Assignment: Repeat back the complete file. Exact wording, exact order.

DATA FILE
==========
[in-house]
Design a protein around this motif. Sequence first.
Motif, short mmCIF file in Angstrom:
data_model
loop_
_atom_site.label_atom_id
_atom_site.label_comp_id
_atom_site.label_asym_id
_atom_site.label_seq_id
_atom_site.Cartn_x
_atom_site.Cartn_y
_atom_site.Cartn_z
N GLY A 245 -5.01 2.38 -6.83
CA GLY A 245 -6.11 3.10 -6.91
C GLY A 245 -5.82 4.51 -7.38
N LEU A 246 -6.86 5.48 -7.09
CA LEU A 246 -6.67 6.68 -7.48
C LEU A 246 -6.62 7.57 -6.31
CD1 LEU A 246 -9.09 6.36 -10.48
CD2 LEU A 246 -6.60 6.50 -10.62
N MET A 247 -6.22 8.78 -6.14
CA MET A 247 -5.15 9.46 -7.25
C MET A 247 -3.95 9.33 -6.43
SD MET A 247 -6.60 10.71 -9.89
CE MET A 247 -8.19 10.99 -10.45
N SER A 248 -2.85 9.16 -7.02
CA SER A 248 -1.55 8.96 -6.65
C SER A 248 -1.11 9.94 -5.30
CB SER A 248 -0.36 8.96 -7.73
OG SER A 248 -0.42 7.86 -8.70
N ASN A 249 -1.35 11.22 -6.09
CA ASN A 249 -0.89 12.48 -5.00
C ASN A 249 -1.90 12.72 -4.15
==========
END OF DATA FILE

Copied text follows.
[in-house]
Design a protein around this motif. Sequence first.
Motif, short mmCIF file in Angstrom:
data_model
loop_
_atom_site.label_atom_id
_atom_site.label_comp_id
_atom_site.label_asym_id
_atom_site.label_seq_id
_atom_site.Cartn_x
_atom_site.Cartn_y
_atom_site.Cartn_z
N GLY A 245 -5.01 2.38 -6.83
CA GLY A 245 -6.11 3.10 -6.91
C GLY A 245 -5.82 4.51 -7.38
N LEU A 246 -6.86 5.48 -7.09
CA LEU A 246 -6.67 6.68 -7.48
C LEU A 246 -6.62 7.57 -6.31
CD1 LEU A 246 -9.09 6.36 -10.48
CD2 LEU A 246 -6.60 6.50 -10.62
N MET A 247 -6.22 8.78 -6.14
CA MET A 247 -5.15 9.46 -7.25
C MET A 247 -3.95 9.33 -6.43
SD MET A 247 -6.60 10.71 -9.89
CE MET A 247 -8.19 10.99 -10.45
N SER A 248 -2.85 9.16 -7.02
CA SER A 248 -1.55 8.96 -6.65
C SER A 248 -1.11 9.94 -5.30
CB SER A 248 -0.36 8.96 -7.73
OG SER A 248 -0.42 7.86 -8.70
N ASN A 249 -1.35 11.22 -6.09
CA ASN A 249 -0.89 12.48 -5.00
C ASN A 249 -1.90 12.72 -4.15